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Employment and Migration Blog

What do David Jones and the NSW State of Origin team have in common? Lessons on discrimination and harassment

Posted by on 10 Dec 2010

Within the space of a week, both have been rocked by scandals, “out of the blue” according to media reports, arising from “conduct unbecoming” – abuse based on race in one case, and sexual harassment by a senior employee of a subordinate in the other.

Other common features include:
  •  the offender was a “star”, who did not follow ordinary rules of acceptable behaviour
  • the incidents which have hit the media were only “out of the blue” because no-one had complained before
  • in both cases, it seems from media reports that the incidents were in fact part of a history of similar conduct, or at least conduct which should have rung alarm bells
  • it seems likely that no-one complained before because the offenders were powerful people and stars in the organisation, so that complaining would take some courage
  • the individuals involved have incurred substantial penalties, as well as loss of reputation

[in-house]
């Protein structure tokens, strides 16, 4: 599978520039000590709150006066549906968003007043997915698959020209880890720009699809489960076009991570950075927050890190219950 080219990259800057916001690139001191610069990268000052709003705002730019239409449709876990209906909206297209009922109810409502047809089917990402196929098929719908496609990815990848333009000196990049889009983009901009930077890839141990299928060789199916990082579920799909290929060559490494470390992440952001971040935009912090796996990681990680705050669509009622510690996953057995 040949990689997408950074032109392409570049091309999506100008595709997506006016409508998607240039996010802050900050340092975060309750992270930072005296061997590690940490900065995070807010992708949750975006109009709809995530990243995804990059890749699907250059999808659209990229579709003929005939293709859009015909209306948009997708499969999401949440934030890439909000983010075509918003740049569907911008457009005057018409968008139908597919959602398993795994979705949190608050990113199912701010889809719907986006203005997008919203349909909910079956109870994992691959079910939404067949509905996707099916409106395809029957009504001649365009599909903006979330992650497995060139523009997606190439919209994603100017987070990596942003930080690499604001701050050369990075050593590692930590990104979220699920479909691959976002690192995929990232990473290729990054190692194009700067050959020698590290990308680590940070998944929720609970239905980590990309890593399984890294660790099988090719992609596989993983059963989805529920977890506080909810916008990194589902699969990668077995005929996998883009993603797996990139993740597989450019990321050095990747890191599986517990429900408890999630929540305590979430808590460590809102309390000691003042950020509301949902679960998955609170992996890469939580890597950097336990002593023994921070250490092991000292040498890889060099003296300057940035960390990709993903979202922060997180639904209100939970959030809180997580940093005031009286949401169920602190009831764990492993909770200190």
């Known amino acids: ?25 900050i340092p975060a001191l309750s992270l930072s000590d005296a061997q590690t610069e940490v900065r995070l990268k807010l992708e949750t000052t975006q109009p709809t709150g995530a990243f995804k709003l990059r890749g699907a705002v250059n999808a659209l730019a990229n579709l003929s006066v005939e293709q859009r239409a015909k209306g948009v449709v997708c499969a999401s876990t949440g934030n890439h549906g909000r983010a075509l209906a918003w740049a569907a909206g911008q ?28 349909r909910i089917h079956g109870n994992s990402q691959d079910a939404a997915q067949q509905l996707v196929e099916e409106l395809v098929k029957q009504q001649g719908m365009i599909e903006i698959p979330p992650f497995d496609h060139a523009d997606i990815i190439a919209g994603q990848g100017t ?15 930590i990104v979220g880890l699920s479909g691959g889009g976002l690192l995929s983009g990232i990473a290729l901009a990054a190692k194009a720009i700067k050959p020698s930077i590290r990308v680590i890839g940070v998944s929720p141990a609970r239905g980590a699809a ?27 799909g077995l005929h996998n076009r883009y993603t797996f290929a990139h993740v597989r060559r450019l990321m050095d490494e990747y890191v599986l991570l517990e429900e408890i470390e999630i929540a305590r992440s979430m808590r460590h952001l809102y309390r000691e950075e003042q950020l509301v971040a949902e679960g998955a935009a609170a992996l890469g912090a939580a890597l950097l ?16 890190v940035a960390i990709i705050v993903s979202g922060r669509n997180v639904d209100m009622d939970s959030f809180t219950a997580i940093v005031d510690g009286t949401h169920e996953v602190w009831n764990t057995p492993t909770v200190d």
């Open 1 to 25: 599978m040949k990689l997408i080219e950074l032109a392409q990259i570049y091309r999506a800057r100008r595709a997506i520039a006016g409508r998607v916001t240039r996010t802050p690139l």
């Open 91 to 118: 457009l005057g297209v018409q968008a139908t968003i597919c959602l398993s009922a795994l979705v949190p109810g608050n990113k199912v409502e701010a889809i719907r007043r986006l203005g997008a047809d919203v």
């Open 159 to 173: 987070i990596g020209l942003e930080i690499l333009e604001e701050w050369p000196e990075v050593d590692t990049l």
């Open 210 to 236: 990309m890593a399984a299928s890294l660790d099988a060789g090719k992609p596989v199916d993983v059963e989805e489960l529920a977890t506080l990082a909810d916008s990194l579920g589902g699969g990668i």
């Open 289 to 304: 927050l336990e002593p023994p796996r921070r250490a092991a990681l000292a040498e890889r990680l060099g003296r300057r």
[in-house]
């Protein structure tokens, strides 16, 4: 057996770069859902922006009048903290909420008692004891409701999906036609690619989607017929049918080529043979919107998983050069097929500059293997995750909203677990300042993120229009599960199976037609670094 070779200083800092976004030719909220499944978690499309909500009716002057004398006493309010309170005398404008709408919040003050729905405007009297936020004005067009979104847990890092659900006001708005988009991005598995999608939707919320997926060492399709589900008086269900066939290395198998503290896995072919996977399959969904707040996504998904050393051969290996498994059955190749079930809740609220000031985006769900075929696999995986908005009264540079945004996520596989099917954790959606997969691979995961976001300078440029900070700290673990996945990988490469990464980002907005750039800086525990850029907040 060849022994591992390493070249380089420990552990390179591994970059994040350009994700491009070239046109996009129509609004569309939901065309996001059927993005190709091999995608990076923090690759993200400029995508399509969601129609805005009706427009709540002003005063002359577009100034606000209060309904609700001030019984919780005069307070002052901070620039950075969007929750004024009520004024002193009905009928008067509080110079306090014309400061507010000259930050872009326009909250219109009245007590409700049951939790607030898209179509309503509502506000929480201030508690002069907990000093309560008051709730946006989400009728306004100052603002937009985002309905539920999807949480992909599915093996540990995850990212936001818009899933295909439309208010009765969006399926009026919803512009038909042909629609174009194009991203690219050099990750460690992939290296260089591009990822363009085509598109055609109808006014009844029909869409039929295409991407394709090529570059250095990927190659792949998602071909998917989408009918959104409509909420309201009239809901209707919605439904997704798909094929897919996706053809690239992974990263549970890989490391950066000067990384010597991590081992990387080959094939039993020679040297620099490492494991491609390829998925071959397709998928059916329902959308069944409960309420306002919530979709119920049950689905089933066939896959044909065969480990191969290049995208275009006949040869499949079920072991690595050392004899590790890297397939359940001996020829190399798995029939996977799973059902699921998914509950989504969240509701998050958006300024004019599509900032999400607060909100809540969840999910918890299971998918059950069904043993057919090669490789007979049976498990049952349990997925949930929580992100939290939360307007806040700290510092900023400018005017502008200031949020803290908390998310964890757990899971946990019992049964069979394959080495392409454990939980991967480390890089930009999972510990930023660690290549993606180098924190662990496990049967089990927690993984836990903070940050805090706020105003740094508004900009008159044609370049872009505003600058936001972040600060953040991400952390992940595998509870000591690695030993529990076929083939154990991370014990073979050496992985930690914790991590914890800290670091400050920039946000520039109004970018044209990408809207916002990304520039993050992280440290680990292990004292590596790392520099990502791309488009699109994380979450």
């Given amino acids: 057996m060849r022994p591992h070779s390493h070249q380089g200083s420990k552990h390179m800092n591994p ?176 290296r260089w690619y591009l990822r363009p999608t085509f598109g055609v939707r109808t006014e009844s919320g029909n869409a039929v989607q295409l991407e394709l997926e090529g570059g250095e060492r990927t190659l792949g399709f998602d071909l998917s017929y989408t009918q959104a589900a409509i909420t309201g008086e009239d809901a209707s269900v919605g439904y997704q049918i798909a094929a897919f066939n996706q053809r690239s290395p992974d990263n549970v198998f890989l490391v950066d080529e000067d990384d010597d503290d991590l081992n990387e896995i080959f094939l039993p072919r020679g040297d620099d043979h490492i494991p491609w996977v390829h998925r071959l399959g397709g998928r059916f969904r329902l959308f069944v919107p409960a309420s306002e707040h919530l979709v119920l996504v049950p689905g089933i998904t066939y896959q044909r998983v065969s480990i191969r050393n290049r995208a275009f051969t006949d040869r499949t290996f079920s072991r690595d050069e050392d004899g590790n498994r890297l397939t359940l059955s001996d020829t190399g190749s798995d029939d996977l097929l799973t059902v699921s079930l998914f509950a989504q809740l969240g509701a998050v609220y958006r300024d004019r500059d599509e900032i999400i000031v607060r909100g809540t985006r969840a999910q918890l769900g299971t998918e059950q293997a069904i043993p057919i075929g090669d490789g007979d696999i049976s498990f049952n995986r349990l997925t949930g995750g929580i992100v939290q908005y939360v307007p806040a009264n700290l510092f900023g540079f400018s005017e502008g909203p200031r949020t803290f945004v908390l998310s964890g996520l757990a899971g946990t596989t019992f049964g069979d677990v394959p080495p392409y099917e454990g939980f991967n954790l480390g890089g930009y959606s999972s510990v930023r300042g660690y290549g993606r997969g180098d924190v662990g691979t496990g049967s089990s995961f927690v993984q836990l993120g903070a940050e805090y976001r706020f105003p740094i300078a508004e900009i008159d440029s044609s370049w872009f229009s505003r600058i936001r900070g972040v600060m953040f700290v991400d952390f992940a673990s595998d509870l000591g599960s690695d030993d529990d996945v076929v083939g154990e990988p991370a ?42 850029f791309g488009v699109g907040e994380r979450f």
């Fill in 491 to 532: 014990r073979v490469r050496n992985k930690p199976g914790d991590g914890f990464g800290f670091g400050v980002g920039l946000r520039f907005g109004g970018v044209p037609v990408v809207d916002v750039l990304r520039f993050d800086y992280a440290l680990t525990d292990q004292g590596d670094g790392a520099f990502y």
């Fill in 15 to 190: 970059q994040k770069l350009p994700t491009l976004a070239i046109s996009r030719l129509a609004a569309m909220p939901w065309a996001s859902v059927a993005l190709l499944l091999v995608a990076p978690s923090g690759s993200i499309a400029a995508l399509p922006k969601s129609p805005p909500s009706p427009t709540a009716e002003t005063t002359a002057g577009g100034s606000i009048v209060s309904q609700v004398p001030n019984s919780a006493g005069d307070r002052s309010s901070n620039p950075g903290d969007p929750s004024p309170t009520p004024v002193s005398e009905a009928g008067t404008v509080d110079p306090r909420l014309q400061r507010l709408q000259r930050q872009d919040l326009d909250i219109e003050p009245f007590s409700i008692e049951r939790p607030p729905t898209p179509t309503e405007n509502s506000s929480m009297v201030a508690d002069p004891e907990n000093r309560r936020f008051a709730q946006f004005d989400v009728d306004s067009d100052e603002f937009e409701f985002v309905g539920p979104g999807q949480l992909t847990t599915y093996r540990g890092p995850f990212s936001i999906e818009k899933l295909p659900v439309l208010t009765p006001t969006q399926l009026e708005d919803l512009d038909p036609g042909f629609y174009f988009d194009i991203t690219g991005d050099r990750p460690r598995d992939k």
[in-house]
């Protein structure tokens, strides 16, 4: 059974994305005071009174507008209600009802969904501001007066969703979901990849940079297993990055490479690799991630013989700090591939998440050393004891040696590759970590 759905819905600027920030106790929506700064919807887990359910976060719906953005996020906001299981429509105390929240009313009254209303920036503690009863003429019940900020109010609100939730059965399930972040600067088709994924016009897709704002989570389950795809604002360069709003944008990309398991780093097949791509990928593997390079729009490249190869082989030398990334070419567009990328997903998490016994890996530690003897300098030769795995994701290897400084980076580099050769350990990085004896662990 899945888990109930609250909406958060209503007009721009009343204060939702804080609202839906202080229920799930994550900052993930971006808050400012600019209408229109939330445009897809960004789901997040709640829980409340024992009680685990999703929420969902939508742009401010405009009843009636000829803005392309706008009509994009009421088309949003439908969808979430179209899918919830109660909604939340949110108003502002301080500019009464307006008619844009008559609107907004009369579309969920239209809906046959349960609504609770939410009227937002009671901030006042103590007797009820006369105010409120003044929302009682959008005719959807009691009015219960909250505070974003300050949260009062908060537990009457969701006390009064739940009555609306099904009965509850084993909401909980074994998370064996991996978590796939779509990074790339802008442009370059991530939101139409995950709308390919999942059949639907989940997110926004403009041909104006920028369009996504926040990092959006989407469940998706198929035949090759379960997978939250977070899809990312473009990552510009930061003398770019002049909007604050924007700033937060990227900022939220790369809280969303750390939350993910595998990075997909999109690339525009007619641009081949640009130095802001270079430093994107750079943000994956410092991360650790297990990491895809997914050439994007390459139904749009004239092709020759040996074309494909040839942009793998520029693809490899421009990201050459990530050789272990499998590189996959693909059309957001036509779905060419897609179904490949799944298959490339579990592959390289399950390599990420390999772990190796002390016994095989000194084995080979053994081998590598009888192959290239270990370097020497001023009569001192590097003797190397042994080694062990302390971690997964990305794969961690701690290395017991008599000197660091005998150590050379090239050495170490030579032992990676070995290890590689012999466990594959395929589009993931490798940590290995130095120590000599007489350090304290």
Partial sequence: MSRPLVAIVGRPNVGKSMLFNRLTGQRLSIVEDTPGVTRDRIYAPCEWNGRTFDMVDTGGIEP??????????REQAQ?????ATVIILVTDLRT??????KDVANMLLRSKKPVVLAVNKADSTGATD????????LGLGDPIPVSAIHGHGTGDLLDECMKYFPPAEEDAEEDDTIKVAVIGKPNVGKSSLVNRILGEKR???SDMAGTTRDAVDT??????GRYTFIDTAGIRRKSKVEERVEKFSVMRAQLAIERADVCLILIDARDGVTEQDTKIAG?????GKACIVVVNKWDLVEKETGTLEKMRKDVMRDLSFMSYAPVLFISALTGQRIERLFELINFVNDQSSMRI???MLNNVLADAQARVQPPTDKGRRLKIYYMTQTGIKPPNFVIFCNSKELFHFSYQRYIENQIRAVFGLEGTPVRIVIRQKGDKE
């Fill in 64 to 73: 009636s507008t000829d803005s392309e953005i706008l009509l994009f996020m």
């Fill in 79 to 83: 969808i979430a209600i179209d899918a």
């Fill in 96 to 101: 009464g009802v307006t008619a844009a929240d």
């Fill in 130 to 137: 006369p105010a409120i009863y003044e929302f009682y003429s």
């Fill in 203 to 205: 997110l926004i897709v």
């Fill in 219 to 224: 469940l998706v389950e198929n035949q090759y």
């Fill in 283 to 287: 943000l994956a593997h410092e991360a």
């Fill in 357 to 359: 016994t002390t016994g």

• both organisations have suffered dreadful PR and severe loss of focus, and Timana Tahu’s departure from the Blues illustrates how staff turnover can arise from undesirable behaviour
  • at least for DJs, compensation claims by the first complainant, and others, seem likely.

You might think “There but for the grace of God goes my organisation”. However, as with OH&S, there is much which can be done to identify (potentially) discriminatory behaviour, and limit the risks, although it is impossible to eliminate risk altogether.

In these two cases, it seems that there would have been occasions or opportunities for someone in authority to give feedback to, counsel or warn the offenders. That sometimes requires courage in the face of other risks, but is essential if risky behaviour is to be halted.


It is not enough to have systems (policies, procedures) in place, essential though they are. It is not enough to do training on those systems, once. Having a culture of compliance means treating those systems as an ongoing project, with particular emphasis on trouble spots, usually people who are trouble, despite the positives they bring to the organisation.

 If you require assistance in developing and/or implementing employment policies in your workplace, please do not hesitate to contact our Employment Law Team:

Stephen Booth, Principal
P: 9895 9222

Anna Ford, Lawyer
P: 9895 9233




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